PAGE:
Allen earned her BFA in ceramics and took a position as a studio resident at Rochester Institute of Technology’s School for American Crafts and later, received a scholarship for a summer residency at the Archie Bray Foundation. She then earned her MFA at Indiana University Bloomington. As an undergrad, she worked as a potter’s apprentice. “This experience taught me so much about how to make a living being a potter, something that is often missing in the university arts curriculum,” she explains. She is a member of “Objective Clay,” an online consortium of clay artists. She offers her “Potter of the Month” series on her website, bringing the material studio to the virtual world increasingly inhabited by young people today.
Allen’s work employs a technique based on clothing construction. She explains, “As an undergrad, I started experimenting with ‘darting’ technique, which uses cuts in the leather-hard clay to create form.” In the same way that a flat piece of fabric can be made to conform to the shape of the body, the clay is cut and “sewn” to create form. Other sewing techniques, such as folds, seams, darts, pleats, tufts and ruffles allow her to re-shape thrown pots into new three-dimensional forms. This mechanical technique is the basis of what has become the signature quality of her work. She explains, “Artists are always striving for their work to be honest, to fully encompass who they are. As I continued to develop this technique after grad school, it became a necessary part of my work – the very thing that connects my work to me, that makes my work honest.”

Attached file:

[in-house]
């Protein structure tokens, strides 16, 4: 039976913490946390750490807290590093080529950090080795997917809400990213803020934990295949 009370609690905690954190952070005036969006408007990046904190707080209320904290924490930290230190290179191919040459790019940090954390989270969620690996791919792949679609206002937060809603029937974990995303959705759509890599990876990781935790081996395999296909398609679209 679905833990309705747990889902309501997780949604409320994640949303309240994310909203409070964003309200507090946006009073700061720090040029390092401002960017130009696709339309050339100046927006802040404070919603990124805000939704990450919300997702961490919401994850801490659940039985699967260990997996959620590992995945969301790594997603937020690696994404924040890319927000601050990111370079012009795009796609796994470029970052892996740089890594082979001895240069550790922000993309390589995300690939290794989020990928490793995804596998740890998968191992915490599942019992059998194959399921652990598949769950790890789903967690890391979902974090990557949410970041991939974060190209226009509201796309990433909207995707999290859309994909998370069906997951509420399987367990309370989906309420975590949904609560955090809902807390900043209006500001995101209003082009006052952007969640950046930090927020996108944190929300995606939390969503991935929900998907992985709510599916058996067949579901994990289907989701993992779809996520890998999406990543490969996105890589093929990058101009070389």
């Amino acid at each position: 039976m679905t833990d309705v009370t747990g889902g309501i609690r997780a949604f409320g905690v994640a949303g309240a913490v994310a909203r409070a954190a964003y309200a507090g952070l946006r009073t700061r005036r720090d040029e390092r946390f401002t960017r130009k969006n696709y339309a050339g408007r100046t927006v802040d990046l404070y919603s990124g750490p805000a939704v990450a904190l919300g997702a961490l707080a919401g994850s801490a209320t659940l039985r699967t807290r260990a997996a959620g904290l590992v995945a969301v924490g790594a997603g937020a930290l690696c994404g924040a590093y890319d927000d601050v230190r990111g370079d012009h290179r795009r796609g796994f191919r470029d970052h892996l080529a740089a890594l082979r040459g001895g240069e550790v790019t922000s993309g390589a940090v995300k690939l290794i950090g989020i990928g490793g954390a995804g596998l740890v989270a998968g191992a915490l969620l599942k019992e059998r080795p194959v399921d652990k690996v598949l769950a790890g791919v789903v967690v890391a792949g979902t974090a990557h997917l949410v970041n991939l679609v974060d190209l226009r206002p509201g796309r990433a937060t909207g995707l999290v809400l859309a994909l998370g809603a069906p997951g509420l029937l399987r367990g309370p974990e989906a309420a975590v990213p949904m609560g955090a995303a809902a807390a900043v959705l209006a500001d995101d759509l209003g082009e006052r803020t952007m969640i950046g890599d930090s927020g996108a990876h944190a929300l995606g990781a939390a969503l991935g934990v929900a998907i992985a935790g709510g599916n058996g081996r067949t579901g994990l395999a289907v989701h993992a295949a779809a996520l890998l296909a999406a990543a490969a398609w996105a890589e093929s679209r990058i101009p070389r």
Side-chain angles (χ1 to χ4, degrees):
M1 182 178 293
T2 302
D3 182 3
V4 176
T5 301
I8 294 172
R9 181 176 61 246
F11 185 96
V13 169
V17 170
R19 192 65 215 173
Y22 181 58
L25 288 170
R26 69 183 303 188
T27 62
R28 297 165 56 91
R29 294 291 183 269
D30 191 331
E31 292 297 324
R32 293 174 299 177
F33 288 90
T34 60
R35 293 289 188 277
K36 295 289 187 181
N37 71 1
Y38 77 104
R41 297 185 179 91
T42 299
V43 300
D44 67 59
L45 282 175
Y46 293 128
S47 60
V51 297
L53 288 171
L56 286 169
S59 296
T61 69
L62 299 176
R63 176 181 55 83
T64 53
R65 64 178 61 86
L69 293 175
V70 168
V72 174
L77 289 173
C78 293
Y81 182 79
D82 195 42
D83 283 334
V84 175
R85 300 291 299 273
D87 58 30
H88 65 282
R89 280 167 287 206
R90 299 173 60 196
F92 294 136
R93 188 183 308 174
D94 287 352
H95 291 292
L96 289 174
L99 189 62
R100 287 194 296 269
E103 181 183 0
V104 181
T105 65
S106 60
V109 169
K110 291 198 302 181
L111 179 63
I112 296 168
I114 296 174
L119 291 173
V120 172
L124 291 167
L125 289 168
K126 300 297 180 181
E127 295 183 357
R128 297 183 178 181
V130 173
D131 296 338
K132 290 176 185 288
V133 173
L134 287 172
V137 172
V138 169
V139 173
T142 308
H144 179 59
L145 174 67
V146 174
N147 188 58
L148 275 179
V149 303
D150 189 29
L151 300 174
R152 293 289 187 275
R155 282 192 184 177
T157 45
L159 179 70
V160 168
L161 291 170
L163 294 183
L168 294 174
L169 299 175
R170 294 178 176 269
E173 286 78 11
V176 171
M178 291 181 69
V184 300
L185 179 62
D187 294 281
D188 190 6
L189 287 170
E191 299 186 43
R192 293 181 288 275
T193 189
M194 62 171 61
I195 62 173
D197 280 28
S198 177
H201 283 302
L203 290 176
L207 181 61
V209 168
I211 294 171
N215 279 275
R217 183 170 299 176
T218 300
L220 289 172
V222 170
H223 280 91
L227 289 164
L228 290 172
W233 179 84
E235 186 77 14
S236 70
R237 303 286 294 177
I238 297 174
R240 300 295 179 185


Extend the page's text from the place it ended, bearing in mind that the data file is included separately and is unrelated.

in porcelain, creating a variety of tableware. Her preference for
functional pieces, like her technique, harkens back to her
childhood. Her father worked for the US Fish and Wildlife Service,
relocating the family all over the country in several moves. “We
didn’t have family in close proximity. The extended family was
scattered across the country, but on holidays they would all gather
at my grandmother’s house,” she remembers. “The table would be set